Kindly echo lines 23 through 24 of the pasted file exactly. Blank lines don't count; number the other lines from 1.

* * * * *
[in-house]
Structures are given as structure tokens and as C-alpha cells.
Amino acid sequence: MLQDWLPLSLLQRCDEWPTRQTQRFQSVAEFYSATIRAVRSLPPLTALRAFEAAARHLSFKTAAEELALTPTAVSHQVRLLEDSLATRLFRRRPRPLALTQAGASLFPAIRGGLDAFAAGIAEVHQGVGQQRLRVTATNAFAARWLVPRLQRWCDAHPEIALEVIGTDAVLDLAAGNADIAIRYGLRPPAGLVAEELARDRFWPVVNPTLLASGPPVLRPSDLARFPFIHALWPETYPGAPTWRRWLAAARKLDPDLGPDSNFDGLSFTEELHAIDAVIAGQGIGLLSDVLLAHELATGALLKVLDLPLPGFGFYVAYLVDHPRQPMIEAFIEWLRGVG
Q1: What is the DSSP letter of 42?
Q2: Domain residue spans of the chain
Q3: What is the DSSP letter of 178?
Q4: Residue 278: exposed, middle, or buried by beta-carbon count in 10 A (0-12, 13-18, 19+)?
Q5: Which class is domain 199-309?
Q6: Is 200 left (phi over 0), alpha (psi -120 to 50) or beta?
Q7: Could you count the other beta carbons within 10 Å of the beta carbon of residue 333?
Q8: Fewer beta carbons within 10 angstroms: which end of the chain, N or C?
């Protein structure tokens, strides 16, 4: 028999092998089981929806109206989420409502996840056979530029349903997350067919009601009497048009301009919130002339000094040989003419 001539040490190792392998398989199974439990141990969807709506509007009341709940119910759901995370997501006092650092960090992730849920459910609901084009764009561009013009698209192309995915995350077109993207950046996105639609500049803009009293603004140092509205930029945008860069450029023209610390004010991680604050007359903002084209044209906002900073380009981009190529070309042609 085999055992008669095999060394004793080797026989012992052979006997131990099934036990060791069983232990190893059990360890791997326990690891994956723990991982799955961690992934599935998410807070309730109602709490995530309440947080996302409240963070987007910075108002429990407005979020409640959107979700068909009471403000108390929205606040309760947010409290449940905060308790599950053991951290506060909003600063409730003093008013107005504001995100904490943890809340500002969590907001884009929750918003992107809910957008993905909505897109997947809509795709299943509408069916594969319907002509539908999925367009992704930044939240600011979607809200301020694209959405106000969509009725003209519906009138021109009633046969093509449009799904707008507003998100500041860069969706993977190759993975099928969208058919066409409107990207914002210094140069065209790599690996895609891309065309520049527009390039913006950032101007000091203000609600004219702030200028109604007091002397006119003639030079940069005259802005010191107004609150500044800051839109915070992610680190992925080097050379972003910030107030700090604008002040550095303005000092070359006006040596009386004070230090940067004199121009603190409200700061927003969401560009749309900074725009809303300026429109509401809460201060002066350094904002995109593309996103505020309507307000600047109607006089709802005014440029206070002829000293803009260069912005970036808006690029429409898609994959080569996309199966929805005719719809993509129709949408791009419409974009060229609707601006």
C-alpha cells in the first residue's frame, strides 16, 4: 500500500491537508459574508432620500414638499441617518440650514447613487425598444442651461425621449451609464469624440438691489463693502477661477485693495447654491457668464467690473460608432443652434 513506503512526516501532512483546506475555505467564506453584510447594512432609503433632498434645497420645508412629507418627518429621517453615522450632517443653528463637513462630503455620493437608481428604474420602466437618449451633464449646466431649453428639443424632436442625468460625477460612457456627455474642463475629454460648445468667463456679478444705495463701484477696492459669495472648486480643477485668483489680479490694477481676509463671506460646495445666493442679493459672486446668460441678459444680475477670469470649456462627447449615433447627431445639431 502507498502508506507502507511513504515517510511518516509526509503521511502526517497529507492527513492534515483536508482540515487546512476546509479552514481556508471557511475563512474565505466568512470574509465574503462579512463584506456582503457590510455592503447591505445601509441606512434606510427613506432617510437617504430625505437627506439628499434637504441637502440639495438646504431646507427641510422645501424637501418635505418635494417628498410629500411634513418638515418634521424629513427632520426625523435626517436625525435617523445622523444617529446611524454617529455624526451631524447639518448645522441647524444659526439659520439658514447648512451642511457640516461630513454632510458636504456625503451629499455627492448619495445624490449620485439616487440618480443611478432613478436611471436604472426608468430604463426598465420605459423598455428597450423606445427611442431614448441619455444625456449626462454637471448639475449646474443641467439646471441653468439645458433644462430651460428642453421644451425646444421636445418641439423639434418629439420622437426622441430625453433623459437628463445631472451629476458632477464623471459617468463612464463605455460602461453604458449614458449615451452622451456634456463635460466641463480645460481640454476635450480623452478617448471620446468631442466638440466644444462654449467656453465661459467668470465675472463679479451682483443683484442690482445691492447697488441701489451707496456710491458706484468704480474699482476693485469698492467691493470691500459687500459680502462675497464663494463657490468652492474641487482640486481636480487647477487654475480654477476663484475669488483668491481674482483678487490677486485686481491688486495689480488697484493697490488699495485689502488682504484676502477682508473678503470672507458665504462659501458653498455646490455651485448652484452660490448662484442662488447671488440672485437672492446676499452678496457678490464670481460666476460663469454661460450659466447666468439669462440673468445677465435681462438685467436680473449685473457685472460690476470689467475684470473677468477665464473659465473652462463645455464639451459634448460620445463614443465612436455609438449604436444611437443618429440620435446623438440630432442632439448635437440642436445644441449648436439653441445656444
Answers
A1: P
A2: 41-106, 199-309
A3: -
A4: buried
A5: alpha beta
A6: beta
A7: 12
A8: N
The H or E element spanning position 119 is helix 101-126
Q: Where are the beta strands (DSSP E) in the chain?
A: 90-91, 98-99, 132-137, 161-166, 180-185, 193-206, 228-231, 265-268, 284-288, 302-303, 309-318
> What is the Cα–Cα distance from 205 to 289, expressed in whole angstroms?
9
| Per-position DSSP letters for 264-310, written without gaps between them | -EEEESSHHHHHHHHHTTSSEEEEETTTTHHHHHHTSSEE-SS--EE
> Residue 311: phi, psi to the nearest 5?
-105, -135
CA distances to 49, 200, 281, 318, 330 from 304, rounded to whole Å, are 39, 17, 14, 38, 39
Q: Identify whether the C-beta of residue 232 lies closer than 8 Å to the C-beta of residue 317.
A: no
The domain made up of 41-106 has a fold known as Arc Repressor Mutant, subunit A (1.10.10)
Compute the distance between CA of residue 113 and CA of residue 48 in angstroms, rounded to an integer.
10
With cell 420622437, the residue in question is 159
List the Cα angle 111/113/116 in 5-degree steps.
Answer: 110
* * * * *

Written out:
The H or E element spanning position 119 is helix 101-126
Q: Where are the beta strands (DSSP E) in the chain?